Special Reports UK

Acid & Islamophobic attacks on the rise as fear strikes in the Muslim community

Muslims fear of rising acid attacks around the country

Acid attacks and Islamophobic attacks are on the rise and are striking fear in the Muslim community. Many elderly Muslims and vulnerable females are fearing from such racially provoked attacks, and as a result, are choosing to stay at home rather than doing simple tasks like going out shopping.

The horrific nature of acid attacks is particularly disturbing as it is impossible to protect yourself against. With the random nature of the attackers, potentially, any white male holding a bottle could be an attacker. With varying forms of corrosive acid so readily available on the market.

A recent Acid attack on two Muslim cousins by a white male shows the devasting effect of acid attacks. And now being treated as a Hate crime. Resham Khan and Jameel Muhktar, 37, were attacked by a man throwing acid through their car window on Ms Khan’s 21st birthday.

Police, who have described the incident as a “horrendous act of violence”, said new information had come to light, leading them to investigate the assault as a hate crime. John Tomlin, a white male from London, aged 24, is being hunted by police have warned the public not to approach him.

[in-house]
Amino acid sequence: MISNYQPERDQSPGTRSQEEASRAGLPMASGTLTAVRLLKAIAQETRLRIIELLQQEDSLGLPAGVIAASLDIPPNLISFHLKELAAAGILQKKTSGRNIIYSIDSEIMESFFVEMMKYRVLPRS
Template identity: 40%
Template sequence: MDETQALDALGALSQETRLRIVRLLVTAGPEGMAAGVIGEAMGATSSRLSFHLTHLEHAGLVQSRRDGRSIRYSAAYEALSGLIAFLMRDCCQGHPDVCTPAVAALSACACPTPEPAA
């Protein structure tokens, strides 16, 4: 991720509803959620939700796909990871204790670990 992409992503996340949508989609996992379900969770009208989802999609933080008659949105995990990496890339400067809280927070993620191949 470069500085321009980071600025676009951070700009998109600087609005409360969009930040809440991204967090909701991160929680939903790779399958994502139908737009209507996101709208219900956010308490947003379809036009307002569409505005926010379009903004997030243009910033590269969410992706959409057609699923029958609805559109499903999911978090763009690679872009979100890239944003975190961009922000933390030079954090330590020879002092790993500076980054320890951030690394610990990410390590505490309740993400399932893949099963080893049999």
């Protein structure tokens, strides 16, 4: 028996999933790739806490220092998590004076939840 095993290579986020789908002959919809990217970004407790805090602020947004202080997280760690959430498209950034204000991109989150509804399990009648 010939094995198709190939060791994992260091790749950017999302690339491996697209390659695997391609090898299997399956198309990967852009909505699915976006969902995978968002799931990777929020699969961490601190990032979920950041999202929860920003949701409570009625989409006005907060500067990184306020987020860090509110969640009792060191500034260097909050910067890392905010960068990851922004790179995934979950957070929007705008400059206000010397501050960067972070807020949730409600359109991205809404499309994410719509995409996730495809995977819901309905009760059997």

Both Ms Khan and Mr Muhktar suffered life-changing injuries in the attack in Beckton, east London on June 21.

Following the racially motivated attack, Ms Khan said: “I’m devastated. I keep wondering if my life will ever be the same.” Mr Mukhtar has said he feels “emotionally wrecked” and “in continuous pain”.

Writing on Facebook on Friday Ms Khan said she did not want the incident to “fuel a division among people”. More than 24,000 people have signed a petition for Parliament to consider new laws to combat “rife” acid attacks. Calls to all community leaders and politicians to address this issue are on the rise as other attacks from far-right sympathisers are taking place around the country with British Asians and Muslims the main targets

The attack came amid fears of rising anti-Muslim hate crime following the terror attack on worshippers in Finsbury Park and concerns over a potential “backlash” to attacks claimed by Isis in London Bridge, Manchester and Westminster. Additionally, serious questions are being asked of the influential tabloid papers, giving weight to the far-right, who fuel this divisive attitude in the community. Responsibility lies with all politicians and media outlets to help tackle fanatical hatred in the country.
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